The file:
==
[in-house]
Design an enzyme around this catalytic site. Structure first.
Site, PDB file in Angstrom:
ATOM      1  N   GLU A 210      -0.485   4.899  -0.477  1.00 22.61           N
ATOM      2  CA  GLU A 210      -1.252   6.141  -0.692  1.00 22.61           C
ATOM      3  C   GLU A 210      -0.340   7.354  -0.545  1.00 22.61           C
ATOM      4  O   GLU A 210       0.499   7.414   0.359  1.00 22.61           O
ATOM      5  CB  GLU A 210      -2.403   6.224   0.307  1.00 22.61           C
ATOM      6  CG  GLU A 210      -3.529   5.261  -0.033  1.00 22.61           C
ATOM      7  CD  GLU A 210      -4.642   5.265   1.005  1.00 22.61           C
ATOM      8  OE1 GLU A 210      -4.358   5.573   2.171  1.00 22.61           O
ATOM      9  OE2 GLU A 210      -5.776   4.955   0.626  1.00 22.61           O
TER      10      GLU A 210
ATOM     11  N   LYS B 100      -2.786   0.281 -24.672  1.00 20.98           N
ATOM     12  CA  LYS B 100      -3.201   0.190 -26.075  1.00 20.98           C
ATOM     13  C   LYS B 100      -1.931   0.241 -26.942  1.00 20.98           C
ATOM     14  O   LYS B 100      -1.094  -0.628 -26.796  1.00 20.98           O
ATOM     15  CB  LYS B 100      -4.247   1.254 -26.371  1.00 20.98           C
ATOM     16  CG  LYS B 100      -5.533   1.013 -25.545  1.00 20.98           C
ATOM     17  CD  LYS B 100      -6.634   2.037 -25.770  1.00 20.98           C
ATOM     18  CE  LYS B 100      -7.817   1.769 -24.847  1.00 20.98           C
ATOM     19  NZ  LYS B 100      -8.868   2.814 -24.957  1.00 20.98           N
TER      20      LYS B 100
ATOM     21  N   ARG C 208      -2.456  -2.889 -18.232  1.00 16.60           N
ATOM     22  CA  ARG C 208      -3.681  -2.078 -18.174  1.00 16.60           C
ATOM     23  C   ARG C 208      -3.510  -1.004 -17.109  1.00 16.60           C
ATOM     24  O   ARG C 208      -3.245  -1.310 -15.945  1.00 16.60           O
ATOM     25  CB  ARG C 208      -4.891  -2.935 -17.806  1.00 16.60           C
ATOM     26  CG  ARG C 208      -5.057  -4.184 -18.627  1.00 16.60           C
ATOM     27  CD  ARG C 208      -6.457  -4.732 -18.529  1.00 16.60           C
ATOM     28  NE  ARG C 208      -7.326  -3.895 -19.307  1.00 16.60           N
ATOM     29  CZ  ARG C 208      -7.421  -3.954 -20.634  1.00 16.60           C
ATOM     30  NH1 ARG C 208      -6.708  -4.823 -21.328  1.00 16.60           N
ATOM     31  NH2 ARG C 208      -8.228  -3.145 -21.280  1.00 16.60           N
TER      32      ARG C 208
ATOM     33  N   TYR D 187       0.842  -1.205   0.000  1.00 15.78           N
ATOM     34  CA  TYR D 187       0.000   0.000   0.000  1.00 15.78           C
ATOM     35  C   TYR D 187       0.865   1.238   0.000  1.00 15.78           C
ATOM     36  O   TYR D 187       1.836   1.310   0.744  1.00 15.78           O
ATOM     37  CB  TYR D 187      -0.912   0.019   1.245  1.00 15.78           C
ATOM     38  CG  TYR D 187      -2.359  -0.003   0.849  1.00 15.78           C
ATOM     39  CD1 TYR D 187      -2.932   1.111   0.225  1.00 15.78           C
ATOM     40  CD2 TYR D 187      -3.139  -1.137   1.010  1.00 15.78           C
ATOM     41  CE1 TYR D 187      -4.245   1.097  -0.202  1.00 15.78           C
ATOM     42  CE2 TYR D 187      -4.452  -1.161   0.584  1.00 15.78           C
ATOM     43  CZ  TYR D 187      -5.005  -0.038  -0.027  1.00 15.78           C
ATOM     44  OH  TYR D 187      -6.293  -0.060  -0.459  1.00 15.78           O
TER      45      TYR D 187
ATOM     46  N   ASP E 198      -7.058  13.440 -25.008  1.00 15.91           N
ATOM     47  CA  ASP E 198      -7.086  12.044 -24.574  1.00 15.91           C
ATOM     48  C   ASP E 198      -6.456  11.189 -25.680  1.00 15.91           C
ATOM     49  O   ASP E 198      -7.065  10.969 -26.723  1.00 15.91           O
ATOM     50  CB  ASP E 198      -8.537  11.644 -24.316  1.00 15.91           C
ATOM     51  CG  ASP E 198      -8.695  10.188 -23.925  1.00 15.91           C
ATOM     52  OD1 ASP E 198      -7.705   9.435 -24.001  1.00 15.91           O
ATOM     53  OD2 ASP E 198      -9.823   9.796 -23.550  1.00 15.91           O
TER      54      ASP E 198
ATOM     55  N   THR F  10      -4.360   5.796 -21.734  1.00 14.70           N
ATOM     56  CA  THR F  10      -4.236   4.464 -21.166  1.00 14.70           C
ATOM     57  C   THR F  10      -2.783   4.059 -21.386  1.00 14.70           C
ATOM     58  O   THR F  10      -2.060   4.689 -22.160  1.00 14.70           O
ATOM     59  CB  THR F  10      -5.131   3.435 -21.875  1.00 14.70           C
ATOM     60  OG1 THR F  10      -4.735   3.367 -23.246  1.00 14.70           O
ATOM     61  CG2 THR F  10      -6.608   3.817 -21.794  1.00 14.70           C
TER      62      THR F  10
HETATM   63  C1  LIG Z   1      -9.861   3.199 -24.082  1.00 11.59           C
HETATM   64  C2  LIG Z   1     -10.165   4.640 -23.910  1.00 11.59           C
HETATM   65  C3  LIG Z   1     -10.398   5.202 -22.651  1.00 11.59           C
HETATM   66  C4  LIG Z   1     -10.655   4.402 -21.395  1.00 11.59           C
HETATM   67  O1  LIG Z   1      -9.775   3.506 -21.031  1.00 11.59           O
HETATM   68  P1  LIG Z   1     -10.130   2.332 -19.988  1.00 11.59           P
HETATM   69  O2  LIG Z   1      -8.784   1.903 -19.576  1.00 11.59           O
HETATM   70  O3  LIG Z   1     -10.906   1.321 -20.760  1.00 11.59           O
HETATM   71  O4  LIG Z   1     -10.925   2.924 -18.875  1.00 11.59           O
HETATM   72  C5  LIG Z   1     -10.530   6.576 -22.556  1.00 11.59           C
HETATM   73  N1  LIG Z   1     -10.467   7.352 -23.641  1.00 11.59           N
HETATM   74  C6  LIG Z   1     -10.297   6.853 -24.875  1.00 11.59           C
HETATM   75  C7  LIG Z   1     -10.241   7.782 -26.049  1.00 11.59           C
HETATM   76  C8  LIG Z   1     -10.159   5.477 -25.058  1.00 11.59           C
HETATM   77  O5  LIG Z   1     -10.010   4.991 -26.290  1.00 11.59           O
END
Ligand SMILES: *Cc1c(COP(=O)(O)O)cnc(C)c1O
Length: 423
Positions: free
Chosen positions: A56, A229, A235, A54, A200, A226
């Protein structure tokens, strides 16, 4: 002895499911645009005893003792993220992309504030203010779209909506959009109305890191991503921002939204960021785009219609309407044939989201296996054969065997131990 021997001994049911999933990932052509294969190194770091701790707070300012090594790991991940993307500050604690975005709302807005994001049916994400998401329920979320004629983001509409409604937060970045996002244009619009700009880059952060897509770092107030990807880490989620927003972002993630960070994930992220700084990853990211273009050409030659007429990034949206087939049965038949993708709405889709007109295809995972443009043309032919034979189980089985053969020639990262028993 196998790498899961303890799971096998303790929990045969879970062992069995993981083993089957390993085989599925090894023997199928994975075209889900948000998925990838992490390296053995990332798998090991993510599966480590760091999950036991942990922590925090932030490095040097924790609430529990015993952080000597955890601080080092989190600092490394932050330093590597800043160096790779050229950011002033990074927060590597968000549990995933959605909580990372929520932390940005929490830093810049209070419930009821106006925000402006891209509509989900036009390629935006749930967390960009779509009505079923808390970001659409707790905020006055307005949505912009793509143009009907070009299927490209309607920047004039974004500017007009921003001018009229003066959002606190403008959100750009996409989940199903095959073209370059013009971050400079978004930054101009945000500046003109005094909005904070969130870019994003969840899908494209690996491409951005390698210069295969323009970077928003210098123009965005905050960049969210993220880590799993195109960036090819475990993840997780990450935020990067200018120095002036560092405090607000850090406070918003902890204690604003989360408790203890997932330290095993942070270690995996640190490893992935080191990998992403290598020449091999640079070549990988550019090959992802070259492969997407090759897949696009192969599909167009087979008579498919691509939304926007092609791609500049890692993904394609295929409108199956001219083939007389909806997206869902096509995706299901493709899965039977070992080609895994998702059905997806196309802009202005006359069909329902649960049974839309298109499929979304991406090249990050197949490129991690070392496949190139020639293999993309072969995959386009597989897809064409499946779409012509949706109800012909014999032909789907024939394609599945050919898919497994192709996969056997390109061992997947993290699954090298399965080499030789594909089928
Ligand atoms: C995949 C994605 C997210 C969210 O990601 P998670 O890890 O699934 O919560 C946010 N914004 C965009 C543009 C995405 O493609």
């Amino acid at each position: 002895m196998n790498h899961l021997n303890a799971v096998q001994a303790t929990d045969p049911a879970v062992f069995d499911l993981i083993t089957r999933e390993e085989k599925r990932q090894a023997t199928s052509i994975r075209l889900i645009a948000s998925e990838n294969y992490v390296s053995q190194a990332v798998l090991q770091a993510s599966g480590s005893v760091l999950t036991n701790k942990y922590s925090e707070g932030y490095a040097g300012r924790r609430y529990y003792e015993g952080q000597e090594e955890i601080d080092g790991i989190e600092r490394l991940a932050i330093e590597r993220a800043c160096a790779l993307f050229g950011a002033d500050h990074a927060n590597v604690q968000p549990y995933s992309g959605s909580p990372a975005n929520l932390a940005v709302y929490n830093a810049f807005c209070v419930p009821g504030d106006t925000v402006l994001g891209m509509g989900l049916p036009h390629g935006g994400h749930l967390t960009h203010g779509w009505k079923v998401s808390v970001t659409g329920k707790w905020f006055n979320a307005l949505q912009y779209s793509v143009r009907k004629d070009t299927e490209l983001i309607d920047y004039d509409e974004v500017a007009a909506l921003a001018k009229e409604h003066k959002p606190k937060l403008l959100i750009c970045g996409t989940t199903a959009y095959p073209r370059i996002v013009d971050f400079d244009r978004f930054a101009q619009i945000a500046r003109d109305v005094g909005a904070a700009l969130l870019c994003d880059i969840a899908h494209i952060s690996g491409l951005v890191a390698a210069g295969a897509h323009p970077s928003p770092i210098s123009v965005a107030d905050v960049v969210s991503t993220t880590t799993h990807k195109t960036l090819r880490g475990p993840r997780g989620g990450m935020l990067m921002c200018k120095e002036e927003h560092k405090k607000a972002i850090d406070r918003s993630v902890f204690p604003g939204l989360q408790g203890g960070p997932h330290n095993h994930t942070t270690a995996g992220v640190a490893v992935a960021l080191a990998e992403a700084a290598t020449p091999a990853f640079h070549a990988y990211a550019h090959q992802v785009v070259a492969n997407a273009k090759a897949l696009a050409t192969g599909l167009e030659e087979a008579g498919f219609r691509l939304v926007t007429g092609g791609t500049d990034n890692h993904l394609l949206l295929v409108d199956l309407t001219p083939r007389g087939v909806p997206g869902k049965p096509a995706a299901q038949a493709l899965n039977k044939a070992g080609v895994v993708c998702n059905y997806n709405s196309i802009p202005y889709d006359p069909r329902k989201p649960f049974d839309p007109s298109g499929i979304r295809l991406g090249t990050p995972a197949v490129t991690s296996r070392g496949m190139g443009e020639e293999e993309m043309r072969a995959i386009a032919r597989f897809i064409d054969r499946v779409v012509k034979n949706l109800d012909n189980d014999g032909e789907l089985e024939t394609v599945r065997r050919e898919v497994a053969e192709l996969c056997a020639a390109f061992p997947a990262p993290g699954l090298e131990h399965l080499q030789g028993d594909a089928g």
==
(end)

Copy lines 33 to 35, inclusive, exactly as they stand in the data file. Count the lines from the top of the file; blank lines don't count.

ATOM     30  NH1 ARG C 208      -6.708  -4.823 -21.328  1.00 16.60           N
ATOM     31  NH2 ARG C 208      -8.228  -3.145 -21.280  1.00 16.60           N
TER      32      ARG C 208